If you’ve never felt deep depression or anxiety, “I Smile Back” is like a safari of despair. To your left, you will see a woman falling apart on the bathroom floor, to your right, a son suffering from anxiety, a family falling apart. Behind and ahead are daddy issues, drug addiction. Reckless and joyless sex as self-medication and is that a possible eating disorder, right behind that tree?
“I Smile Back” is not an emotional roller coaster. Nothing is unpredictable, or surprising — the suicide attempt doesn’t leave you gasping at the edge of your seat. Instead, you feel there, in the heart of it.
No, this movie, based on the 2008 Amy Koppelman novel of the same title, does not offer an enjoyable viewing experience. It’s the story of Laney, a suburban housewife who “has everything.” You know, the perfectly successful husband (a salesman AND a writer!), two beautiful kids, a big suburban home and a life altering mental disorder. You know, that kind of everything.
The movie’s soundtrack, audible yet muted, is depression’s distinctive din. It is eloquently portrayed. You will not hear violins here or a dramatic orchestra. Instead there are a lot of booming silences that leave you squirming at your seat.
Laney is always on the brink of a breakdown. “It’s not that she’s dead inside – it’s that she feels too much,” Sarah Silverman told Terry Gross in an interview. And that’s true. Laney loves her kids too much. She loves her husband too much, and it makes her anxious and terrifying.
So anxious and terrifying that her son has nightmares and starts to exhibit OCD behavior. Is it out of concern for her? Or is it hereditary? The answer is, perhaps, a combination of the two.
The important take-away from this movie, aside from the insight into what depression feels like, is that there is no easy fix for it. Laney’s husband, a loving and present partner and father” just “wants her to be happy” but that goal is a fit for someone in the midst of depression.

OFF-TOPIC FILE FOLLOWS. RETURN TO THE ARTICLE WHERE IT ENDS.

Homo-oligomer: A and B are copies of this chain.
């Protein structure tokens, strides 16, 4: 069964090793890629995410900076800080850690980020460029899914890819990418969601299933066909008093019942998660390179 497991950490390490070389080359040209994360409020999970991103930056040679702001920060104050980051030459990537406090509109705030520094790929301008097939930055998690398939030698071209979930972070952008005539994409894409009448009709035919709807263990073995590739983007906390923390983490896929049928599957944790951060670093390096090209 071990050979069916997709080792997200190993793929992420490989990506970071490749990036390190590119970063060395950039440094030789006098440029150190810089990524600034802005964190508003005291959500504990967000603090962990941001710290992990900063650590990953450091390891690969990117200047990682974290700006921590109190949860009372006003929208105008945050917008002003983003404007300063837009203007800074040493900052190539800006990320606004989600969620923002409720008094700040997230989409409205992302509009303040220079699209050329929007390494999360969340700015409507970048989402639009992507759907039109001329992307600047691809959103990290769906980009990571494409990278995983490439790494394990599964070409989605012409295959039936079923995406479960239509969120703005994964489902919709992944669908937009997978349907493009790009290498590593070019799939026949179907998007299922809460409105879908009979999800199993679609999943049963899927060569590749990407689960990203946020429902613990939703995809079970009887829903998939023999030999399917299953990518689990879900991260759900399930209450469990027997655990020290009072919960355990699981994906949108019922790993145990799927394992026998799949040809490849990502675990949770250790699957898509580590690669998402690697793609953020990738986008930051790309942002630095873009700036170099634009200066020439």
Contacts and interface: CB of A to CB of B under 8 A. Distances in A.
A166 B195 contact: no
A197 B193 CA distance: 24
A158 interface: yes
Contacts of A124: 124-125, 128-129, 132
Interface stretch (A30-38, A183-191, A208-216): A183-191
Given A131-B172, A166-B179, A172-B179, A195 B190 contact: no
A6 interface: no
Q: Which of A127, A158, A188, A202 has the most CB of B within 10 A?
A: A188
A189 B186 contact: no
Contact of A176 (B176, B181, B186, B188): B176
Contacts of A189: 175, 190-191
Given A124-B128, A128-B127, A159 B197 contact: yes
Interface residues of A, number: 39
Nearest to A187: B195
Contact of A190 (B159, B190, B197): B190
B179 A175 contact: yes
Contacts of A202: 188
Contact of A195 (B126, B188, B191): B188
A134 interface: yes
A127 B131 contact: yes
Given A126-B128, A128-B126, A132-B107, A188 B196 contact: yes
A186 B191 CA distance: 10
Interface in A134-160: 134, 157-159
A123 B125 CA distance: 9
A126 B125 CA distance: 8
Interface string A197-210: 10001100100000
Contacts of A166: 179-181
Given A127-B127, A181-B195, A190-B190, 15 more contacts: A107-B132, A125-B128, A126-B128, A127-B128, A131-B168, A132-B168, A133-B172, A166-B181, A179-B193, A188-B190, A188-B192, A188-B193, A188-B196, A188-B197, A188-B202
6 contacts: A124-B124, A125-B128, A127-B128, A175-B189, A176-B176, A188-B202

Sarah Silverman’s stellar performance is anything but a surprise. She brings the same determination and almost painful intensity to anything she does and this role is no different. If there’s one thing this movie has made me long for, it’s more dramatic performances from her.
The cast also includes Josh Charles (“Dead Poet Society”, “The Good Wife”) as Laney’s spouse, Bruce, who plays the perfect husband, well, perhaps a bit too perfectly. Young Skylar Gaertner as Laney’s haunted son is also a revelation.
But “I Smile Back” has many flaws, and they’re hard to ignore. There are moments when the dialogue feels stilted and clumsy, like a strange and not very good play rather than this star-studded movie feature. Amy Koppelman and first time screenwriter Paige Dylan wrote the script, and it really does feel like the weakest link. Sometimes, the dialogue draws uncomfortable laughter, but a mostly it just fails to hit the mark or to add anything to this movie.
Perhaps the film’s biggest drawback is how successfully it portrays disassociation. Silverman’s performance is too convincing. The cinematography is so detached and off kilter. I just longed for a line of dialogue or two that would hit the spot, and break the veneer of detachment. I wanted the narrative to, at least once, take me somewhere I didn’t expect to be. Instead, I just felt trapped inside Laney’s head.
It’s hard to feel empathy for someone who has absolutely no compassion for themself.